4. Personal Insolvency reform

This Government refuses to assist orderly, legalised escape from personal debt distress. Neither the 2012 Insolvency Act, nor the Insolvency Service of Ireland has gained traction. Despite the slavish support for banks, there's still no reduction in the three-year bankruptcy term.

5. Political reform

The Senate remains as was; the reduction of eight TDs doesn't constitute modernisation of a flawed electoral system that rewards localised constituency work above national parliamentary and policy duties.

The Dáil increasingly resembles a glorified county council, packed with parish pump pragmatists. Some element of national representation should be introduced on the basis of the entire country being their constituency.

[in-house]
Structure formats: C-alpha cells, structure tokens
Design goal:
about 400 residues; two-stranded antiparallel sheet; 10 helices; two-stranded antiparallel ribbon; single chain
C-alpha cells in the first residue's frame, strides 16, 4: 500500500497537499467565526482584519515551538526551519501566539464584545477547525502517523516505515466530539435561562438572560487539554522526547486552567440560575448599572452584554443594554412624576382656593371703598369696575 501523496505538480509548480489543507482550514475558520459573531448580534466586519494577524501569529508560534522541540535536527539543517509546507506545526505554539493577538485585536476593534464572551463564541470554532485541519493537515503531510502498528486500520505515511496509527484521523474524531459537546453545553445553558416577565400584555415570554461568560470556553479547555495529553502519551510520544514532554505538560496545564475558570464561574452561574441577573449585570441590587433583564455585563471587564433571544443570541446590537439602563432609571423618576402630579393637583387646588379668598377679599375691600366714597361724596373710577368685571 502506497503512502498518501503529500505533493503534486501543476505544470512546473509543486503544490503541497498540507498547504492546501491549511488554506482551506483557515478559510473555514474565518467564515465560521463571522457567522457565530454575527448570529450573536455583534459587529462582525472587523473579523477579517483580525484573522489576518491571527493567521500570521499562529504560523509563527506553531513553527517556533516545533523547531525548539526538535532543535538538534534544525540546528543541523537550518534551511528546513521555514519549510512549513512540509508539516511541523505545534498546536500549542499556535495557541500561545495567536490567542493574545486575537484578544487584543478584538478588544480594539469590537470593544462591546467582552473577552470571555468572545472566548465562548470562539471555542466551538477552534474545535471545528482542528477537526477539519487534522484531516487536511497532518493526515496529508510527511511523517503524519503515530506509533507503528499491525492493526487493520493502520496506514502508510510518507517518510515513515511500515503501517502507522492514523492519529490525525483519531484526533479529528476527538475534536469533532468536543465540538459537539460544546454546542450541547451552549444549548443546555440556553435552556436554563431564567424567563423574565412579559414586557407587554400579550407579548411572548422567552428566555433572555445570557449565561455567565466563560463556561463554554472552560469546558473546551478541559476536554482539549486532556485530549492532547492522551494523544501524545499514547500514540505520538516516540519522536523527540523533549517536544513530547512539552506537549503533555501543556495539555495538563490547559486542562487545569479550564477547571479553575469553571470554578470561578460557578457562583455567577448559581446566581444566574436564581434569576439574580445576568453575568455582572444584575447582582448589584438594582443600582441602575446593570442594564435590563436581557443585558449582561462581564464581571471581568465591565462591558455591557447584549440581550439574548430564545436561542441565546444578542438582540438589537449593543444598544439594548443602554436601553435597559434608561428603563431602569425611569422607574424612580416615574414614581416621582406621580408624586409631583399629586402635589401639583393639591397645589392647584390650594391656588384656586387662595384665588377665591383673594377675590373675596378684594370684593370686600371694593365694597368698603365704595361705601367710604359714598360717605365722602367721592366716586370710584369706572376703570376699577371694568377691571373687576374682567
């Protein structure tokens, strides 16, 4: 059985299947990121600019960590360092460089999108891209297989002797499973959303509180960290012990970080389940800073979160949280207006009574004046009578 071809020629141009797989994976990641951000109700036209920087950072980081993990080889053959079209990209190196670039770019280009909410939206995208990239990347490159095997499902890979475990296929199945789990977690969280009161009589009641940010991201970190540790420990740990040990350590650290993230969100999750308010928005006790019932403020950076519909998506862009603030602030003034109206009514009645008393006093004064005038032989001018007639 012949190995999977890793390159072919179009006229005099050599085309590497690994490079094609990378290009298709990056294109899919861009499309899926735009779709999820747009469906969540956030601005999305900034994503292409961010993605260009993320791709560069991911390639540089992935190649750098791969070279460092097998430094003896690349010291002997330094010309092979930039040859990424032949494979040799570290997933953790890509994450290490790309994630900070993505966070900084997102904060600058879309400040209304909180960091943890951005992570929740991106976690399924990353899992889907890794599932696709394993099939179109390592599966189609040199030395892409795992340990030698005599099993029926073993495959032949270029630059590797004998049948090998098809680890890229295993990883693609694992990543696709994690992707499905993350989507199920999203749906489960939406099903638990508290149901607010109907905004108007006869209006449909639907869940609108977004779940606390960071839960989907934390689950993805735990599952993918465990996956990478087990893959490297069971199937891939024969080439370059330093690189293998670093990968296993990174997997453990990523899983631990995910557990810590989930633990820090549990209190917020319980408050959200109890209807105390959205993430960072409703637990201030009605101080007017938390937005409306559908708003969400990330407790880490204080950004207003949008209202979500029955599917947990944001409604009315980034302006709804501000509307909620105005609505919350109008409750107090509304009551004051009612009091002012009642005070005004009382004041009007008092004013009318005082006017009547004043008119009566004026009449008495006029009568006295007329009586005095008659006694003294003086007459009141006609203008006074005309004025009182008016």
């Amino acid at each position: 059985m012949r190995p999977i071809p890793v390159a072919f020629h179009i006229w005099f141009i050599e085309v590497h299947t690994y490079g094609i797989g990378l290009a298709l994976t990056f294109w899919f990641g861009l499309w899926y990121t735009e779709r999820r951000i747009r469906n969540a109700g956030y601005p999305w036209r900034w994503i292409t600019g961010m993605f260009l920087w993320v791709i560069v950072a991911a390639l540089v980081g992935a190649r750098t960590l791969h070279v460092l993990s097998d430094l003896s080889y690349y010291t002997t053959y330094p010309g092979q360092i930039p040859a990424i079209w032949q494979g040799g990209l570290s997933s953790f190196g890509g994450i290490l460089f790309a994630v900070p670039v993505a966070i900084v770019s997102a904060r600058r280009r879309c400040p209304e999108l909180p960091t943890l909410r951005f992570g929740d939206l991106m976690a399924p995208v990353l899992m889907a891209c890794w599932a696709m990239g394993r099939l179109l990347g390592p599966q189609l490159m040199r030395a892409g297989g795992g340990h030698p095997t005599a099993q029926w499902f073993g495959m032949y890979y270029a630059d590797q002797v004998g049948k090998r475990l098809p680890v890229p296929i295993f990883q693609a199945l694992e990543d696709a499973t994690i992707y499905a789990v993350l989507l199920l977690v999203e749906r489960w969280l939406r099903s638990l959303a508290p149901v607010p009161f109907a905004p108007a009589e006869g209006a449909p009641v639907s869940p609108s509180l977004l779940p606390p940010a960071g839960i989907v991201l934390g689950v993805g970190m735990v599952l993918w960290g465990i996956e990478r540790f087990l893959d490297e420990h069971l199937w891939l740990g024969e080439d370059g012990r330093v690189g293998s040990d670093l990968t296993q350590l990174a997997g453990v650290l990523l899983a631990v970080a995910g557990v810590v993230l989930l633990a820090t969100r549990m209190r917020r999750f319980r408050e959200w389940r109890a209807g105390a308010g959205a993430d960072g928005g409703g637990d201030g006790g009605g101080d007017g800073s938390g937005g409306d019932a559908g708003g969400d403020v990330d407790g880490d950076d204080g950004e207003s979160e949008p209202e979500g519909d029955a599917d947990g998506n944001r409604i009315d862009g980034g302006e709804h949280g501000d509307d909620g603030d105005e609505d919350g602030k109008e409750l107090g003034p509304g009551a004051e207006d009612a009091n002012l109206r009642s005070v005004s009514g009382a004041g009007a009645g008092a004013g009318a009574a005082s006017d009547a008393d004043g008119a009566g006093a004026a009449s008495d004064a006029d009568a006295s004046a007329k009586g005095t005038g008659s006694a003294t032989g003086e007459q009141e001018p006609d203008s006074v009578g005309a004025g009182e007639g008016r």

The national interest should be their sole concern. The current regime creates competition between party colleagues, forcing them to be at doorsteps, funerals, functions and clinics instead of at their Dáil offices.

No party proposes any proportion of TDs to be elected on a list system. The country must confront these uncomfortable issues by 2020. But it won't. Sadly, the space for thinking outside the box is beyond the scope of our politicos.

In summary, we're the best small country in the world for not taking political risks - or showing courage or true leadership.

Irish Independent